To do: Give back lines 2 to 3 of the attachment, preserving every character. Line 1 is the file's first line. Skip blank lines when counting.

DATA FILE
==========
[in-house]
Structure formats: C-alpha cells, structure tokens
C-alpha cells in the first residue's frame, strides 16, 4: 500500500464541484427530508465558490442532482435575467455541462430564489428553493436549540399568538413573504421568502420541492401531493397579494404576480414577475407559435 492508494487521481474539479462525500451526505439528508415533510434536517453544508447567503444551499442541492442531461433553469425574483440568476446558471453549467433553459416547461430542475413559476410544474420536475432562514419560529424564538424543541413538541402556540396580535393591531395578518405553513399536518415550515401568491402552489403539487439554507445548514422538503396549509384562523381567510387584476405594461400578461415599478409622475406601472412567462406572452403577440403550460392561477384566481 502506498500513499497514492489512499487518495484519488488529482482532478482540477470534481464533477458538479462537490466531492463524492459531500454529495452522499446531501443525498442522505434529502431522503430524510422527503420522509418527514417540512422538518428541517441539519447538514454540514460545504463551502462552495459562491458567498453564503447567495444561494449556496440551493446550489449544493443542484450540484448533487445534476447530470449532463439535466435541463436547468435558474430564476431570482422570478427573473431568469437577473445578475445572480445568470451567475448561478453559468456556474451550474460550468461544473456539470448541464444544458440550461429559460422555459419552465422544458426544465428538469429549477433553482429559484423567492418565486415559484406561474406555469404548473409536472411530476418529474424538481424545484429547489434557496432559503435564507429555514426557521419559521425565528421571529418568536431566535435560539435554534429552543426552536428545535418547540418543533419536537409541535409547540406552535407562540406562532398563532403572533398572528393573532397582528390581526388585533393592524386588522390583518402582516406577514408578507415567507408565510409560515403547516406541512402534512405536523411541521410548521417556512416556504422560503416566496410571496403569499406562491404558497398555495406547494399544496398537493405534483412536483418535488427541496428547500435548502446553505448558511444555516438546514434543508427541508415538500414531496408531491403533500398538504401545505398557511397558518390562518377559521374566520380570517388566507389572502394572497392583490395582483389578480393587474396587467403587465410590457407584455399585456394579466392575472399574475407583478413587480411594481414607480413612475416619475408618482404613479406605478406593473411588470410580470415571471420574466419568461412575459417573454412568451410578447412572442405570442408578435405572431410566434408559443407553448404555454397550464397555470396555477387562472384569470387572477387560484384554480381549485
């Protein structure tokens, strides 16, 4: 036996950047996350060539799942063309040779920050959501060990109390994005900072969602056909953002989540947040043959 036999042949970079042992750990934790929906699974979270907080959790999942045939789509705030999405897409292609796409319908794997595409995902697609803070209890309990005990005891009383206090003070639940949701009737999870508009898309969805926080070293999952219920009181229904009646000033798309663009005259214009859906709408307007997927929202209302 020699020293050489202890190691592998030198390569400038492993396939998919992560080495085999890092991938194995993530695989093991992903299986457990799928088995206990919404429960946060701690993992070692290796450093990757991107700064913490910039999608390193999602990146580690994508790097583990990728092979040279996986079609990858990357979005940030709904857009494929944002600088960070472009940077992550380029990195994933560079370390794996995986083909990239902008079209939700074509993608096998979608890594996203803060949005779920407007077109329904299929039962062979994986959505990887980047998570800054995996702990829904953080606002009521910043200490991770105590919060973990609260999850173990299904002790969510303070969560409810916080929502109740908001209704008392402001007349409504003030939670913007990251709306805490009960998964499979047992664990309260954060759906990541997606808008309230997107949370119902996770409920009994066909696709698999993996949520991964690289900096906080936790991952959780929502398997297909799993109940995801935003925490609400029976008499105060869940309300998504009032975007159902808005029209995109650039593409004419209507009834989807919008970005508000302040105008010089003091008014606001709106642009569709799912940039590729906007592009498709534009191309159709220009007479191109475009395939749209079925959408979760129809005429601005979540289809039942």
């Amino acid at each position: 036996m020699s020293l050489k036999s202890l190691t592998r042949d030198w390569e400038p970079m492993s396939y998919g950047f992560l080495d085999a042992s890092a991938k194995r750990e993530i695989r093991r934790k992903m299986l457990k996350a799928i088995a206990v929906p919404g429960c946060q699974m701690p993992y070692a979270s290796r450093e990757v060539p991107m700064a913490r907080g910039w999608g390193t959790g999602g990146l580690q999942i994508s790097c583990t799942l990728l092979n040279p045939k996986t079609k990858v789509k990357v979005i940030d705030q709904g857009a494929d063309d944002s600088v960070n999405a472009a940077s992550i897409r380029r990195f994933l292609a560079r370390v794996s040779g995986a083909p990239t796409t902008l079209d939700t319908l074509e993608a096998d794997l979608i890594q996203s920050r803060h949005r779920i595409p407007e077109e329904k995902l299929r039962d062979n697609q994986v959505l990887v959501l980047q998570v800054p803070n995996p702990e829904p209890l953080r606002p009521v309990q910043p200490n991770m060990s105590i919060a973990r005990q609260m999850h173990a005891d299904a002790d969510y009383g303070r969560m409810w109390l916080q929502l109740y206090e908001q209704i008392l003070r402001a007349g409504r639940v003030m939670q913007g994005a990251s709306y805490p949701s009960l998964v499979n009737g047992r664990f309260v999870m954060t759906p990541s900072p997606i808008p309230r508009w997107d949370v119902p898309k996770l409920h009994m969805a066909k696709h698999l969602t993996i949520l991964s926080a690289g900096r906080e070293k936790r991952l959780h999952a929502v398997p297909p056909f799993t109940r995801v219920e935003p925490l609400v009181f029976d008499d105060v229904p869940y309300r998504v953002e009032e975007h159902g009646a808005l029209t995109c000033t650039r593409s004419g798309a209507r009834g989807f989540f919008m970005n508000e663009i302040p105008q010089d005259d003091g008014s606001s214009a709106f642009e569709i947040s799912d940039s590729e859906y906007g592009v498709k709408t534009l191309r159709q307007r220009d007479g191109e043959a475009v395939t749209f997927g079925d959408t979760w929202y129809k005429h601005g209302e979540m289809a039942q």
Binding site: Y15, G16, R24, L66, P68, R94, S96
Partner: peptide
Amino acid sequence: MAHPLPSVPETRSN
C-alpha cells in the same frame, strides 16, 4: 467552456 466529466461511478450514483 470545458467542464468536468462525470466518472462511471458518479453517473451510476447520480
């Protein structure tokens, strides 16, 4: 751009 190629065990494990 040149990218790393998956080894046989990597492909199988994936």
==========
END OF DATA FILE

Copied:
Structure formats: C-alpha cells, structure tokens
C-alpha cells in the first residue's frame, strides 16, 4: 500500500464541484427530508465558490442532482435575467455541462430564489428553493436549540399568538413573504421568502420541492401531493397579494404576480414577475407559435 492508494487521481474539479462525500451526505439528508415533510434536517453544508447567503444551499442541492442531461433553469425574483440568476446558471453549467433553459416547461430542475413559476410544474420536475432562514419560529424564538424543541413538541402556540396580535393591531395578518405553513399536518415550515401568491402552489403539487439554507445548514422538503396549509384562523381567510387584476405594461400578461415599478409622475406601472412567462406572452403577440403550460392561477384566481 502506498500513499497514492489512499487518495484519488488529482482532478482540477470534481464533477458538479462537490466531492463524492459531500454529495452522499446531501443525498442522505434529502431522503430524510422527503420522509418527514417540512422538518428541517441539519447538514454540514460545504463551502462552495459562491458567498453564503447567495444561494449556496440551493446550489449544493443542484450540484448533487445534476447530470449532463439535466435541463436547468435558474430564476431570482422570478427573473431568469437577473445578475445572480445568470451567475448561478453559468456556474451550474460550468461544473456539470448541464444544458440550461429559460422555459419552465422544458426544465428538469429549477433553482429559484423567492418565486415559484406561474406555469404548473409536472411530476418529474424538481424545484429547489434557496432559503435564507429555514426557521419559521425565528421571529418568536431566535435560539435554534429552543426552536428545535418547540418543533419536537409541535409547540406552535407562540406562532398563532403572533398572528393573532397582528390581526388585533393592524386588522390583518402582516406577514408578507415567507408565510409560515403547516406541512402534512405536523411541521410548521417556512416556504422560503416566496410571496403569499406562491404558497398555495406547494399544496398537493405534483412536483418535488427541496428547500435548502446553505448558511444555516438546514434543508427541508415538500414531496408531491403533500398538504401545505398557511397558518390562518377559521374566520380570517388566507389572502394572497392583490395582483389578480393587474396587467403587465410590457407584455399585456394579466392575472399574475407583478413587480411594481414607480413612475416619475408618482404613479406605478406593473411588470410580470415571471420574466419568461412575459417573454412568451410578447412572442405570442408578435405572431410566434408559443407553448404555454397550464397555470396555477387562472384569470387572477387560484384554480381549485